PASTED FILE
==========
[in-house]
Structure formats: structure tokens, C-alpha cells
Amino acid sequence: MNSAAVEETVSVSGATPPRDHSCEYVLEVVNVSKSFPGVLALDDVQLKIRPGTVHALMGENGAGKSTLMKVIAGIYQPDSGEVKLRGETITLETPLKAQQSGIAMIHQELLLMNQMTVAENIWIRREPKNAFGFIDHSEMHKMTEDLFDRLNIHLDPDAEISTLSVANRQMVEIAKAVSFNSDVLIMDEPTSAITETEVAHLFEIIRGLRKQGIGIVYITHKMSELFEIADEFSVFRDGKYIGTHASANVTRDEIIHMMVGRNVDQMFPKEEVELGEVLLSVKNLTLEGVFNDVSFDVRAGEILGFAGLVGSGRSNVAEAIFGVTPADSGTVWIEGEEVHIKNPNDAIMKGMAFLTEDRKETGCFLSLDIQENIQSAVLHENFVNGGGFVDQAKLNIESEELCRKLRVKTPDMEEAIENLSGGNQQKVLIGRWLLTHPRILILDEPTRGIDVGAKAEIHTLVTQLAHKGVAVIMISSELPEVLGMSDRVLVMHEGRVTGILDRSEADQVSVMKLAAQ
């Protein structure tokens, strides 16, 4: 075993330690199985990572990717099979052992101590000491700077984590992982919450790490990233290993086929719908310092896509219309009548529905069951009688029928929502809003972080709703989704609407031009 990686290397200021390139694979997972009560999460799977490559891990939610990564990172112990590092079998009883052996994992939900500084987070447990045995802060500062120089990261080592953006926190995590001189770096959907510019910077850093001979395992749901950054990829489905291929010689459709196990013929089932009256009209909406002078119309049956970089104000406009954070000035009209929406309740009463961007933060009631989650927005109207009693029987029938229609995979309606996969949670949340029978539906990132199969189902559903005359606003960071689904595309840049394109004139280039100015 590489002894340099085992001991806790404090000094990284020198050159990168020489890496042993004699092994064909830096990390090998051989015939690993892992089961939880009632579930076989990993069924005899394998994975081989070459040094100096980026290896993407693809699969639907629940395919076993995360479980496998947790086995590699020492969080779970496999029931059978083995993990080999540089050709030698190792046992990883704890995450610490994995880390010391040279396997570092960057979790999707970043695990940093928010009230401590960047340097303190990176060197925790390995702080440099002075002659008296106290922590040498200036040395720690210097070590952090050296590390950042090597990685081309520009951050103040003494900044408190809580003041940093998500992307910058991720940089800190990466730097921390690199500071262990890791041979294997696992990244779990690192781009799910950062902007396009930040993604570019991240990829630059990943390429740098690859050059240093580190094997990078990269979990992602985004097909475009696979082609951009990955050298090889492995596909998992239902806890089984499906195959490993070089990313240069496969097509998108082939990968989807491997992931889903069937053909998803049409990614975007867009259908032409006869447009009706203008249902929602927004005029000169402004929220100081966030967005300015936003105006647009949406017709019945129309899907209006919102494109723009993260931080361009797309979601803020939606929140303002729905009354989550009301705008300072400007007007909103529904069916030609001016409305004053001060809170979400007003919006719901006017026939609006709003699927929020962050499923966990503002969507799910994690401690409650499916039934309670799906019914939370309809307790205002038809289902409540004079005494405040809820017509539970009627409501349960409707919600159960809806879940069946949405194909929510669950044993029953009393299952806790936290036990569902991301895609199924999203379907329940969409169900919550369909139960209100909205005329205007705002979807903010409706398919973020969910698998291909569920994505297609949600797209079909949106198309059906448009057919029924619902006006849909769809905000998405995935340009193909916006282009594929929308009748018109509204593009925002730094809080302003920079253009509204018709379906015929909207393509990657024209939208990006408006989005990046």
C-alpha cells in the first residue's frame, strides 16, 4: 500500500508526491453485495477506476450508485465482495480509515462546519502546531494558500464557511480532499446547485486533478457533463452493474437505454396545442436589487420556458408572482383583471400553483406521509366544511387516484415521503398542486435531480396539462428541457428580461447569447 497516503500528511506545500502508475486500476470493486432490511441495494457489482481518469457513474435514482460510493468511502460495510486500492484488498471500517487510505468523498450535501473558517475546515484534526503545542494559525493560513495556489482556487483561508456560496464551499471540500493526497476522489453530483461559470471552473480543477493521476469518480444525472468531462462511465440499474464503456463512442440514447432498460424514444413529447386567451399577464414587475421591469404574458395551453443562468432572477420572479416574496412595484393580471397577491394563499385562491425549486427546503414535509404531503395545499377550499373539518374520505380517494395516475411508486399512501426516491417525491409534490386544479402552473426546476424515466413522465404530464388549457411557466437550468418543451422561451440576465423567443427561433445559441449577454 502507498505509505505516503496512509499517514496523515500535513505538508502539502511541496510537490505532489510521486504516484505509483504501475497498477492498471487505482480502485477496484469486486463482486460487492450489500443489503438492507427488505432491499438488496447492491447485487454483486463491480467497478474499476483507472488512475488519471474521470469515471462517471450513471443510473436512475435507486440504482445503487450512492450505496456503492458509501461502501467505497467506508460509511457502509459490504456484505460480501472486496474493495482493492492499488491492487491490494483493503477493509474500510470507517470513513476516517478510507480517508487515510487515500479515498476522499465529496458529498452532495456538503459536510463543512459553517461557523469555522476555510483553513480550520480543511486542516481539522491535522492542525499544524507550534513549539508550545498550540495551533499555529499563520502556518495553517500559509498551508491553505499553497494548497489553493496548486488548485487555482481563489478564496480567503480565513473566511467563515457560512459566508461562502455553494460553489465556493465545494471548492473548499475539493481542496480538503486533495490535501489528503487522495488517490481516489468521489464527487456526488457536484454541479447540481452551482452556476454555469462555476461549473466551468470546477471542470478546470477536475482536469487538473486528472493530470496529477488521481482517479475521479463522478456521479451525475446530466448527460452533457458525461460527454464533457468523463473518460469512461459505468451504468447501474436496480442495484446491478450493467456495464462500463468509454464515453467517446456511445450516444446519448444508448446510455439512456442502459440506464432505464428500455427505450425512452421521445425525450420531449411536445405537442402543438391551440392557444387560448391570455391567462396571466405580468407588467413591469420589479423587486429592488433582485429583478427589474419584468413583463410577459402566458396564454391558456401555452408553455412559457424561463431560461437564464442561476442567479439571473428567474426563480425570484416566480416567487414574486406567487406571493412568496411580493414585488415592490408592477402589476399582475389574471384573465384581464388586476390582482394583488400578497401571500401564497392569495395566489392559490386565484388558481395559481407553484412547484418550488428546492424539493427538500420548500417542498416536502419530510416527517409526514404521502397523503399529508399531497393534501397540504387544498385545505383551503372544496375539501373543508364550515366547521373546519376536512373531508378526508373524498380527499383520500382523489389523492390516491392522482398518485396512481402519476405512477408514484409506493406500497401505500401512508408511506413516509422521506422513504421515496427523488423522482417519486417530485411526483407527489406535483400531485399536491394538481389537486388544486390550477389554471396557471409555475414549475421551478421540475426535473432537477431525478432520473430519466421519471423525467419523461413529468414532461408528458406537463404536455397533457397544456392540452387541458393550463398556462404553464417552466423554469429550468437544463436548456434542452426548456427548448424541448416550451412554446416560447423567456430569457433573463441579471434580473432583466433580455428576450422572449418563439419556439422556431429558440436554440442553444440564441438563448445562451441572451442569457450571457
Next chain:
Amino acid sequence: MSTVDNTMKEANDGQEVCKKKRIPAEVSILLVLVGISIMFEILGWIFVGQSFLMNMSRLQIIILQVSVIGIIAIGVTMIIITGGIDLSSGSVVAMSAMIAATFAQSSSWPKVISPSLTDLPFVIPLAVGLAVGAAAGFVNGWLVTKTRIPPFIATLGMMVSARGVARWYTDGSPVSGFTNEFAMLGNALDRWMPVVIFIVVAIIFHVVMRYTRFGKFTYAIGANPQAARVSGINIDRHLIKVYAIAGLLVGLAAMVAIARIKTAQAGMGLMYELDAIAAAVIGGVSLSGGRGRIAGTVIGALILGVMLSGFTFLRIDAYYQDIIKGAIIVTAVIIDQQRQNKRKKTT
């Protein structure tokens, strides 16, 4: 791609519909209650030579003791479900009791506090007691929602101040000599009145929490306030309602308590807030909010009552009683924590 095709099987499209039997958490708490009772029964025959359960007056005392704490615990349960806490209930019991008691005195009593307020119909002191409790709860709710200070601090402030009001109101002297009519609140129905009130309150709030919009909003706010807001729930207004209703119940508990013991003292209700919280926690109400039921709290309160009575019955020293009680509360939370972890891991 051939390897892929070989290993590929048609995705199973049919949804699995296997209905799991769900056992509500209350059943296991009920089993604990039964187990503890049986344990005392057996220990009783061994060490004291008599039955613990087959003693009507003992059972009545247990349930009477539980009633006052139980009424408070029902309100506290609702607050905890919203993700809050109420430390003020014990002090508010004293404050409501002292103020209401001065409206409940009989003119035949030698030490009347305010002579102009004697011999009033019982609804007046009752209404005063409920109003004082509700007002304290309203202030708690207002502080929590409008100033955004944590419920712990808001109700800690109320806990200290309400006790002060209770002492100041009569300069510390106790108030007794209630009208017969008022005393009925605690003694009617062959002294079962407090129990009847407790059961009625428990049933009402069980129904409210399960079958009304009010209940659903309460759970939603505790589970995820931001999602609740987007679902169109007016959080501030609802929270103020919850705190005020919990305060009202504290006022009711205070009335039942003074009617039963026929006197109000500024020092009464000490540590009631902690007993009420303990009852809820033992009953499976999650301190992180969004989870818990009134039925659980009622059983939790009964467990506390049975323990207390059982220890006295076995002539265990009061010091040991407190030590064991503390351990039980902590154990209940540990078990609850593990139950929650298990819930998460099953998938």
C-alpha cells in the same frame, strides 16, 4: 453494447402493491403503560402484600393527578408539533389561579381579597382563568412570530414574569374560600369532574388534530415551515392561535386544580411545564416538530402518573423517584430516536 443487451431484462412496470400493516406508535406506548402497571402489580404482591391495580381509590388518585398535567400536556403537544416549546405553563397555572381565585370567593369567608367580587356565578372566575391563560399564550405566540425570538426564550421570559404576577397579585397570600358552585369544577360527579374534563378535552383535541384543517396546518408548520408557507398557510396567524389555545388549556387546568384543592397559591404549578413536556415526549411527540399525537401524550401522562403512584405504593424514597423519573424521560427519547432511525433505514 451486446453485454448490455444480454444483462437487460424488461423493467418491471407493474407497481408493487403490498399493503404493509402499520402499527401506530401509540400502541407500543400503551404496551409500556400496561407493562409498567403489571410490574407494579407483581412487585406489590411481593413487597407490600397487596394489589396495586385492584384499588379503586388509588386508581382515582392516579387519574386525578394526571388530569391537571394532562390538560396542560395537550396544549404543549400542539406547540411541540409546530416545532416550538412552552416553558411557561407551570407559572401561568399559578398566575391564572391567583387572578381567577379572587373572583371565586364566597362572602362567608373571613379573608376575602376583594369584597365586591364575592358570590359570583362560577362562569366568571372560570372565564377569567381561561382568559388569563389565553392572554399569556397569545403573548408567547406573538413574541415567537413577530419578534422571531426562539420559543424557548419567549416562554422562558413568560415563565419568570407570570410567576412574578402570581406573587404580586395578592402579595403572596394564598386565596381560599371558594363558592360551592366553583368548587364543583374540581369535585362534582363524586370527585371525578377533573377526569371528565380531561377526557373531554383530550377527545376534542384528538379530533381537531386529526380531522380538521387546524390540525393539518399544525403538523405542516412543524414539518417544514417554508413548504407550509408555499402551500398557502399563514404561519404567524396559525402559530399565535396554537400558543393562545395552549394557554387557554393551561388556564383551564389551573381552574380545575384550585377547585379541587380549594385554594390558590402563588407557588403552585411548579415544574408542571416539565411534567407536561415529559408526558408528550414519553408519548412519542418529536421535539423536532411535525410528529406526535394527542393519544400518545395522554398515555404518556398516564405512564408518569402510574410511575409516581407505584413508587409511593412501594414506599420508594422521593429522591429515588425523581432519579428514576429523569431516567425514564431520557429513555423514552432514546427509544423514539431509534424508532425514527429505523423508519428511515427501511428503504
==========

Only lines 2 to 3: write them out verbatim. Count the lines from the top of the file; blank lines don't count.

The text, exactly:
Structure formats: structure tokens, C-alpha cells
Amino acid sequence: MNSAAVEETVSVSGATPPRDHSCEYVLEVVNVSKSFPGVLALDDVQLKIRPGTVHALMGENGAGKSTLMKVIAGIYQPDSGEVKLRGETITLETPLKAQQSGIAMIHQELLLMNQMTVAENIWIRREPKNAFGFIDHSEMHKMTEDLFDRLNIHLDPDAEISTLSVANRQMVEIAKAVSFNSDVLIMDEPTSAITETEVAHLFEIIRGLRKQGIGIVYITHKMSELFEIADEFSVFRDGKYIGTHASANVTRDEIIHMMVGRNVDQMFPKEEVELGEVLLSVKNLTLEGVFNDVSFDVRAGEILGFAGLVGSGRSNVAEAIFGVTPADSGTVWIEGEEVHIKNPNDAIMKGMAFLTEDRKETGCFLSLDIQENIQSAVLHENFVNGGGFVDQAKLNIESEELCRKLRVKTPDMEEAIENLSGGNQQKVLIGRWLLTHPRILILDEPTRGIDVGAKAEIHTLVTQLAHKGVAVIMISSELPEVLGMSDRVLVMHEGRVTGILDRSEADQVSVMKLAAQ